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Hellbores will bring early color to your yard

Master gardener Ciscoe Morris says hellebores are drought tolerant and pest free — even the deer snub them. #newdaynw

SEATTLE — Hybrids of Lenten rose (Helleborus x hybridus) are the ideal perennials to add lively color in a late winter, early spring garden. These carefree plants are drought tolerant and pest free (even deer, slugs, and snails tend to leave them alone), and produce multitudes of flowers that come in a wide variety of colors and typically last for around four months.

These days you'll find an amazing selection of Lenten rose, including quite a number featuring double flowers at your local nursery, but it wasn't that long ago when single flowering varieties were quite expensive, and multipetaled cultivars were unheard of. When the very first double flowering Lenten rose became available, it was in so much demand you had to sign up on a waiting list. I had to wait a year to buy one, and it came in a one gallon pot and cost $200! Fortunately, over the last few years, intense breeding work has developed incredible new cultivars and quite a few spectacular double flowering varieties are now available at much more affordable prices.

Visit your local nursery and you'll find incredible varieties of Lenten rose in what is referred to as the Helleborus Winter Jewels/Pinted Doubles Collection® including a number of brand new ones for this year's multipelteled ones. ‘Painted Doubles’ blooms in late winter, revealing elegant burgundy speckles on bright-white petals. The large double flowers beautify shady borders or mingle harmoniously with other perennials in containers. Plants grow to a 14” tall and 24” wide clump of glossy, blue-tinted evergreen foliage. The 12" tall stems make for gorgeous cut flowers. Hellebores naturalize quickly and spread out in moist, woodland areas to create gentle bursts of needed color in the shade of early spring.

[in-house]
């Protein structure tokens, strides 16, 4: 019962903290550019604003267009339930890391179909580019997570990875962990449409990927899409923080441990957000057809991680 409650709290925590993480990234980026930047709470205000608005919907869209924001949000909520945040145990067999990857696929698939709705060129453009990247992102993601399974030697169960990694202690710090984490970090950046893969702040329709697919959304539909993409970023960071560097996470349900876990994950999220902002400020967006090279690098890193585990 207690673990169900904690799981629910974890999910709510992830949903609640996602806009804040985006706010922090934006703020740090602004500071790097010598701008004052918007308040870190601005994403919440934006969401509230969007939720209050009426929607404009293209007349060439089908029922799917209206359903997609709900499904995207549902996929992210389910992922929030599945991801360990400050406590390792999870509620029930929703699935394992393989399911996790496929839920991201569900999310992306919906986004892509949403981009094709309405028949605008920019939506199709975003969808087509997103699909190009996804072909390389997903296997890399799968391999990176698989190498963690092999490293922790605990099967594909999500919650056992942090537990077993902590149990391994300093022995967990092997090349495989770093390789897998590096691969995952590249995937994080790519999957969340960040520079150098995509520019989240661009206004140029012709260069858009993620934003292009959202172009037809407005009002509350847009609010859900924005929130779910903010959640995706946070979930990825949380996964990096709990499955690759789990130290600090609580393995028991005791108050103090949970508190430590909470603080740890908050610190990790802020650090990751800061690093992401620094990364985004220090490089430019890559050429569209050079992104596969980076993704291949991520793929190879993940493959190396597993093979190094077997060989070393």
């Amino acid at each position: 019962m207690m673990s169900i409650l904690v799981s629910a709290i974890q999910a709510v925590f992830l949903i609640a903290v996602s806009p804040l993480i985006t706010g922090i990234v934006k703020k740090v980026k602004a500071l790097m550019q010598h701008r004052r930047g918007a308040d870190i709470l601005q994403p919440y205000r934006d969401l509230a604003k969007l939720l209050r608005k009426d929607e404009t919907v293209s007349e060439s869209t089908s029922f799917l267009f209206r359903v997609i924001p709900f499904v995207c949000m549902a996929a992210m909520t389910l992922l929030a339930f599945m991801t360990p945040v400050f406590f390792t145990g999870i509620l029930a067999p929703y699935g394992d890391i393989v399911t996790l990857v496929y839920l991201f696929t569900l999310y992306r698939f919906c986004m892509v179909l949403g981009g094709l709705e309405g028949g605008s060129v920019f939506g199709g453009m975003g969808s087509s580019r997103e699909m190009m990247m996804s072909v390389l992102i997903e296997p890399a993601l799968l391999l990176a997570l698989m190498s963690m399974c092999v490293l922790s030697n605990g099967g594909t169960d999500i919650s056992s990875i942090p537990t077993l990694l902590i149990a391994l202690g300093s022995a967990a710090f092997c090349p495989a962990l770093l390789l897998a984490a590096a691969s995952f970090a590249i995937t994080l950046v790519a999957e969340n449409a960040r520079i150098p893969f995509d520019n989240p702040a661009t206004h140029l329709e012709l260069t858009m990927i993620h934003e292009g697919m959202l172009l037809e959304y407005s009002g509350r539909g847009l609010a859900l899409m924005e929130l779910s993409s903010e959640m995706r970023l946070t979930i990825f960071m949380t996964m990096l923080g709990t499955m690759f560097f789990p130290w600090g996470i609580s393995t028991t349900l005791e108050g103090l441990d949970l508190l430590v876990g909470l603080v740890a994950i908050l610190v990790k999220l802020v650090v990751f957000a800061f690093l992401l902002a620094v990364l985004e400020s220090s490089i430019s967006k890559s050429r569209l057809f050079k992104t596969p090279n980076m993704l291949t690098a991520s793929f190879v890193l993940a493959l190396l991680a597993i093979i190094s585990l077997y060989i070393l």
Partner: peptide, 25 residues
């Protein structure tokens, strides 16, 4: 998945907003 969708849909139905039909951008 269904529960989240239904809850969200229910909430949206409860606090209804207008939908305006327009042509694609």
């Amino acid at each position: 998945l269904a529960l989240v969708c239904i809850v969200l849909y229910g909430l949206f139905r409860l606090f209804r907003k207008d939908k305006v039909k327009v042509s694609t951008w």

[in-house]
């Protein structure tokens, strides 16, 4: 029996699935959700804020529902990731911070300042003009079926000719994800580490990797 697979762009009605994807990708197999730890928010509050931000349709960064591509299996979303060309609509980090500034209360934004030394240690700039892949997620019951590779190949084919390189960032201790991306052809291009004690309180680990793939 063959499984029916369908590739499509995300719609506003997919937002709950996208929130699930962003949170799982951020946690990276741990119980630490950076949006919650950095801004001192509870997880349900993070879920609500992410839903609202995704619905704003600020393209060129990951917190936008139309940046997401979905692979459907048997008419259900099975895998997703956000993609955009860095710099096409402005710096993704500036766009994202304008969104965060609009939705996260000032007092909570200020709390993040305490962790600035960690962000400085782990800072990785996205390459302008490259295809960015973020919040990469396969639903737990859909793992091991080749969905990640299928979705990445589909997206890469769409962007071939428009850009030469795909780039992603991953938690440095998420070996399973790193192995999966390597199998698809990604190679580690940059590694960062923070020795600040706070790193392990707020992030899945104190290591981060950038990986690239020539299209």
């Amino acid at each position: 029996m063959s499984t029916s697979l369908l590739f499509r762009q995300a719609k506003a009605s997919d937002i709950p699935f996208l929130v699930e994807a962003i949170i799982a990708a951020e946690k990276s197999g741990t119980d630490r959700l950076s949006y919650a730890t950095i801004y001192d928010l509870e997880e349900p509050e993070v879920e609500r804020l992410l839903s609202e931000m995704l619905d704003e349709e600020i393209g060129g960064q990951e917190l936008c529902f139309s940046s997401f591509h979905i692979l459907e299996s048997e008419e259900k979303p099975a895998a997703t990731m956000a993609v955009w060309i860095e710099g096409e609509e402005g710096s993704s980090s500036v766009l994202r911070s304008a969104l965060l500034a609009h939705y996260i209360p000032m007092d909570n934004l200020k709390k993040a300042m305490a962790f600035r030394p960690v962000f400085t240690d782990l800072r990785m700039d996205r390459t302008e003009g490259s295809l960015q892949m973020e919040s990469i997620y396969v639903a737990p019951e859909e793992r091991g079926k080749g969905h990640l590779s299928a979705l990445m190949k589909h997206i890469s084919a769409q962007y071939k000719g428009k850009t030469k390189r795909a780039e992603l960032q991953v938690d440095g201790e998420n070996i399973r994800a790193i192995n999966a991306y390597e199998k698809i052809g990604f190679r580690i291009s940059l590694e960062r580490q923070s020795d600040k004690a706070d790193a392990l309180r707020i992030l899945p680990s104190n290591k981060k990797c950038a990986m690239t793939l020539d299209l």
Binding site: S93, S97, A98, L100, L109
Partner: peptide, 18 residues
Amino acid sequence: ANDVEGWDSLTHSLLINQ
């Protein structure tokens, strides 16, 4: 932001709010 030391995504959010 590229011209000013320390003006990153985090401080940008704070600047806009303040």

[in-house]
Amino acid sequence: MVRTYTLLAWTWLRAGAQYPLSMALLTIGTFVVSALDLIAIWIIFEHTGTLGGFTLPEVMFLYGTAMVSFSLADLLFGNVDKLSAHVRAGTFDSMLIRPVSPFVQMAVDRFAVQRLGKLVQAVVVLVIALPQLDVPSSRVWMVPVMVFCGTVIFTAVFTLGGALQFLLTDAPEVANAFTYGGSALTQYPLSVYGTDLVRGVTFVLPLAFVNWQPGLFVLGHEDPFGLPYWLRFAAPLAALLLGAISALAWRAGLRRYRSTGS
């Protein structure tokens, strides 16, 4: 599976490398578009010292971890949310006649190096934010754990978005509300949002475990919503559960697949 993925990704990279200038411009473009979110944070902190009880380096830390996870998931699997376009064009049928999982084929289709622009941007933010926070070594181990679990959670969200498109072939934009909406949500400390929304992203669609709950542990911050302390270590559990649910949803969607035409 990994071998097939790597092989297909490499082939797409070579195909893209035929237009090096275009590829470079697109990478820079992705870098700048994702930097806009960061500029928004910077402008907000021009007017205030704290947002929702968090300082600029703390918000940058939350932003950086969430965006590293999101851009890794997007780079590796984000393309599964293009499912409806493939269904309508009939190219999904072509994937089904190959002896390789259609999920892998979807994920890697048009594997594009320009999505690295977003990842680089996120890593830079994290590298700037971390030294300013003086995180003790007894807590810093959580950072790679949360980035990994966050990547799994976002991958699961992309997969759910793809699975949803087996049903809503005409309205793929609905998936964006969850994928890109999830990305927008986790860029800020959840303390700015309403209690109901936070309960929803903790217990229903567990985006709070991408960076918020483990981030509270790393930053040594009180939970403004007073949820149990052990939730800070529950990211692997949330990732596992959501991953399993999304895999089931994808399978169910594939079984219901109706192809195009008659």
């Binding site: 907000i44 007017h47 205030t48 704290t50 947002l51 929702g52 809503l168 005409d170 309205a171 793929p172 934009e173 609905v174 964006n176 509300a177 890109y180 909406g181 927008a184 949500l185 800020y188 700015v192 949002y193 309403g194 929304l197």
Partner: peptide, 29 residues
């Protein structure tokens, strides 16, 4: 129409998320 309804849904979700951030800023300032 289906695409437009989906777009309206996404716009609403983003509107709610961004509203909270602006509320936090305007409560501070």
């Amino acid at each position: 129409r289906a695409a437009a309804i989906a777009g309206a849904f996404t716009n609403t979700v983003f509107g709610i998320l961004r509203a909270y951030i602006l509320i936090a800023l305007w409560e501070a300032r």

They may look somewhat delicate, but the double flowering hellebores are proving to be every bit as vigorous and durable as their single flowering brethren. Give them well-drained soil and partial shade and they will perform admirably for years. As is true of all Lenten roses, the only maintenance required is to remove the old leaves as soon as new stems begin to grow (usually around Christmas) by cutting the old ones right to the ground. Removing the old foliage will help prevent the fungus disease called botrytis, which can cause crispy brown spots on the leaves. It will also allow the beauty of the flowers to show up much better.

By the way, a great way to display the blossoms is to float them in a bowl of water. Wait to cut them until the stamens (the thread like male flower parts in the center of the flower) fall off and they'll often last for up to two weeks. Mix and match double and single flowers to make gorgeous combinations.

Finally, be aware that all hellebores are quite poisonous, so don't plant them where toddlers or pets can get at them. Evidently, back in ancient times the herbalists didn't know about the plant's toxic qualities. Due to an ancient Greek myth claiming that the daughters of King Midus were saved from insanity by taking a potion made up of hellebore; all through the middle ages, anyone suffering from mental anxiety was treated with a concoction made up of the most toxic species. Aren't you glad you didn't live in the middle ages?

Segment Producer Suzie Wiley. Watch New Day Northwest at 11 a.m. weekdays on KING 5 and streaming live on KING5.com. Contact New Day.

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